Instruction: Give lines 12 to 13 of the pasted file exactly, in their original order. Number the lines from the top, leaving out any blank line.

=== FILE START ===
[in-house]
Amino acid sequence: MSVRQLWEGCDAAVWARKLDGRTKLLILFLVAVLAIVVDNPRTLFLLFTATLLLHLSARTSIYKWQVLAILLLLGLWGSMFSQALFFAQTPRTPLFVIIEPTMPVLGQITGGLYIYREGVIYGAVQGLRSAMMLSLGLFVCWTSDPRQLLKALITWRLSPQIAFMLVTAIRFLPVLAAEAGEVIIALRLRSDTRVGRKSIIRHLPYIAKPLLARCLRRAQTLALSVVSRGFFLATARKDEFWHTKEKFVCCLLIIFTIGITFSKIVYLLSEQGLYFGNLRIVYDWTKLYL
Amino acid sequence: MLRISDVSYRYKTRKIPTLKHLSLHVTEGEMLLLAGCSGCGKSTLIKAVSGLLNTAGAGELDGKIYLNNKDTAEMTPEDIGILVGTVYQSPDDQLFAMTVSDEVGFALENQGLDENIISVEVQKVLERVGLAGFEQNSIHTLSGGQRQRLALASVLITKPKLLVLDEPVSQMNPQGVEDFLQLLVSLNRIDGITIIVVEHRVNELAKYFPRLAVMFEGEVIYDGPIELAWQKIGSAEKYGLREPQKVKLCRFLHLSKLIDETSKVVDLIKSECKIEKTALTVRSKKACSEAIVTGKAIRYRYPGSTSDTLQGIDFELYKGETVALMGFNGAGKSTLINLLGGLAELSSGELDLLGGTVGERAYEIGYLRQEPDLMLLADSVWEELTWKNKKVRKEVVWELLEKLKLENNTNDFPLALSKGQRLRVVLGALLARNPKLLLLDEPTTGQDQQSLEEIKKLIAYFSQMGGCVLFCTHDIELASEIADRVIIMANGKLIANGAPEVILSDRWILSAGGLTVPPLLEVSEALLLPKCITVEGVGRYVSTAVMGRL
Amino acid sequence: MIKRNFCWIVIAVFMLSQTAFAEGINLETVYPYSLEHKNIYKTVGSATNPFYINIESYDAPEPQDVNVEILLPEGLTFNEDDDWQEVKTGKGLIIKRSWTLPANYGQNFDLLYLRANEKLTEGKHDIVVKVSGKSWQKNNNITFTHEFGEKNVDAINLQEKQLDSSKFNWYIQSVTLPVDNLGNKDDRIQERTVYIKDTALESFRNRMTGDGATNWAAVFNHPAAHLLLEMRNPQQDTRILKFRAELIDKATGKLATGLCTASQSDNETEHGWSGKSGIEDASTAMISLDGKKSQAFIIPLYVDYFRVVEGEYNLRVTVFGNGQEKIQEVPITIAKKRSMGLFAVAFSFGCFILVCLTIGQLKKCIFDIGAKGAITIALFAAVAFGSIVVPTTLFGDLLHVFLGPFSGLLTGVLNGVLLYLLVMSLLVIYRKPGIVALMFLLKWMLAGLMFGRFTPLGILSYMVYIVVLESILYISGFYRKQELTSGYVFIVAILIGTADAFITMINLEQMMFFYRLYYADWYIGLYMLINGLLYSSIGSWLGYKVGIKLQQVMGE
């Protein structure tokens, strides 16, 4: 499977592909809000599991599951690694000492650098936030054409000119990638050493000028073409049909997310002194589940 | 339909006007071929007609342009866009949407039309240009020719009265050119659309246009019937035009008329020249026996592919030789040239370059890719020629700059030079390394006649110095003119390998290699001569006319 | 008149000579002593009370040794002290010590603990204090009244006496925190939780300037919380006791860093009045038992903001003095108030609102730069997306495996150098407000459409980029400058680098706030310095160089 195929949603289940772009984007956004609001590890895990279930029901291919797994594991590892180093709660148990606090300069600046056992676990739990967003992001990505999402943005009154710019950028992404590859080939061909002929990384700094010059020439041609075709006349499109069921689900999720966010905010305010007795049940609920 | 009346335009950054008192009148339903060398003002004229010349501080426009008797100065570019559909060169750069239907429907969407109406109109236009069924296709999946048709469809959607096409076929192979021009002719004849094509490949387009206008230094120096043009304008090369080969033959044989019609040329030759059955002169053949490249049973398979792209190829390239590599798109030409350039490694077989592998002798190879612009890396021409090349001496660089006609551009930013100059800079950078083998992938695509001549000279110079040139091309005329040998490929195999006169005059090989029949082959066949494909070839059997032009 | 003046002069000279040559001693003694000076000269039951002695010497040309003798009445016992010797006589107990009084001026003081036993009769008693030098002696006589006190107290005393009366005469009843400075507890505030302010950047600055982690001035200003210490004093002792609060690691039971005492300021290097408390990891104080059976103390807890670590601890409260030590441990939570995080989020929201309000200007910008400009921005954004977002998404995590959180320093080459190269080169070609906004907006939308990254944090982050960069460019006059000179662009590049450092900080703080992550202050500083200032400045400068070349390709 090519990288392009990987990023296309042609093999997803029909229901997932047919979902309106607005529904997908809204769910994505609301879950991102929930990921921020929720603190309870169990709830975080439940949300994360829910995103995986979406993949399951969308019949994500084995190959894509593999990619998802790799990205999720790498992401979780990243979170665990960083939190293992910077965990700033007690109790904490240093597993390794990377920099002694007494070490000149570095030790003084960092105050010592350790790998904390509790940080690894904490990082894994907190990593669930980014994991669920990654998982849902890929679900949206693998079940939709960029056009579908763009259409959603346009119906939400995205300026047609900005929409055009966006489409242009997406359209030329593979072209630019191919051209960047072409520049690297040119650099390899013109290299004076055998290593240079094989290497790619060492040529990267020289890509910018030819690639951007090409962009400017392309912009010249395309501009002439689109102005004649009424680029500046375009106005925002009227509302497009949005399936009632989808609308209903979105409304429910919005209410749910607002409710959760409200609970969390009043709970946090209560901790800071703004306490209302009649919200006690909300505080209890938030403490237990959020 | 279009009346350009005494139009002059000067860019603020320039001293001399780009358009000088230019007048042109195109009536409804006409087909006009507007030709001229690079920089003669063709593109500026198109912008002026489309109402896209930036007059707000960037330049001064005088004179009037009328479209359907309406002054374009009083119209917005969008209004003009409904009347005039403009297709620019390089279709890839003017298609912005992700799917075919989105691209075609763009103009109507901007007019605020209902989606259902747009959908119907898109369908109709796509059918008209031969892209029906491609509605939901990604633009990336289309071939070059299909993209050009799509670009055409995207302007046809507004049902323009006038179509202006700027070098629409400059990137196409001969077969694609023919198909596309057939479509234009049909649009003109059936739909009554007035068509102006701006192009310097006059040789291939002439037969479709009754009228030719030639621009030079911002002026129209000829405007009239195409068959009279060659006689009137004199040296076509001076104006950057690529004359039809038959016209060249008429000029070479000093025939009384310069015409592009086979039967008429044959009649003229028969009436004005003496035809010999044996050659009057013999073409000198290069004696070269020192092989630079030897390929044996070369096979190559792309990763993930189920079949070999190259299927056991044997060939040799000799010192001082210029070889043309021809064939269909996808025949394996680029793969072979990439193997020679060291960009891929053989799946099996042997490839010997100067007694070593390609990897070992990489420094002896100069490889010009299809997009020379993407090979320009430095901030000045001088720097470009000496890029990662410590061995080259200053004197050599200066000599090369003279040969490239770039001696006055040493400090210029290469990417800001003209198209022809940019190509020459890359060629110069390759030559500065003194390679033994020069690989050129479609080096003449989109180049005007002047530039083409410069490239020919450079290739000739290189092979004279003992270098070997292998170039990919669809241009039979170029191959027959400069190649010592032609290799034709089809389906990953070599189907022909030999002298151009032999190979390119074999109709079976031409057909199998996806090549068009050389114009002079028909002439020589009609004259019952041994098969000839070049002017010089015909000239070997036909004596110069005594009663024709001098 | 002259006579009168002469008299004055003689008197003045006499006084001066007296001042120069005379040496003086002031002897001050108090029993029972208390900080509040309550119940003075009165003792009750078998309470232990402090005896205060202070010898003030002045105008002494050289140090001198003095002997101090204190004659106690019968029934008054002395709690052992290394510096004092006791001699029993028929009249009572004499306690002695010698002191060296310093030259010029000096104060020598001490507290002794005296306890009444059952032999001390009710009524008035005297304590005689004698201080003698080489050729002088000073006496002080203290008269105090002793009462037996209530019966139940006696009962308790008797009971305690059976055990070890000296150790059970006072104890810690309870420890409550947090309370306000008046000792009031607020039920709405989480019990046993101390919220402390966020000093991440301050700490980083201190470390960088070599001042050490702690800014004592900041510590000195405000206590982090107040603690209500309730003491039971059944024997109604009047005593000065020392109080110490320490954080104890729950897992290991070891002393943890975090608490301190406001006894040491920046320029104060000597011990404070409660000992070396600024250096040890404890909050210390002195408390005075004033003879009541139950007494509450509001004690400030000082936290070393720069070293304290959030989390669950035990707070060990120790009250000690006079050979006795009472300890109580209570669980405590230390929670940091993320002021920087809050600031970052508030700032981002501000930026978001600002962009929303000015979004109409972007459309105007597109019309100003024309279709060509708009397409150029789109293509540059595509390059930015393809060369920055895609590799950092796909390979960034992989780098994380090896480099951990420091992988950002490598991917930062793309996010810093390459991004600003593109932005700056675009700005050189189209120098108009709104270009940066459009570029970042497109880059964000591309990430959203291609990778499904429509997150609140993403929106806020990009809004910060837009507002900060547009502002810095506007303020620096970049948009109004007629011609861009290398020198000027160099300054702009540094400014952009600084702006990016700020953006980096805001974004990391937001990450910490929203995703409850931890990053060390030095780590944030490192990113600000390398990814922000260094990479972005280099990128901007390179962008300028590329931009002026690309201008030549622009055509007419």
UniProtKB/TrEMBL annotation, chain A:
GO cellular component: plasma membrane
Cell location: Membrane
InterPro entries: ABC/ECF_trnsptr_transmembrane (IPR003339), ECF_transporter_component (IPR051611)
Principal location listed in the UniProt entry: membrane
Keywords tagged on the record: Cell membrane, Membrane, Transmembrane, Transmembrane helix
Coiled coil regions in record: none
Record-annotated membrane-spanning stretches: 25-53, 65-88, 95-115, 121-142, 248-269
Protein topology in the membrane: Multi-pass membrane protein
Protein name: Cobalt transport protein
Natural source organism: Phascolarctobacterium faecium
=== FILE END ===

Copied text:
Coiled coil regions in record: none
Record-annotated membrane-spanning stretches: 25-53, 65-88, 95-115, 121-142, 248-269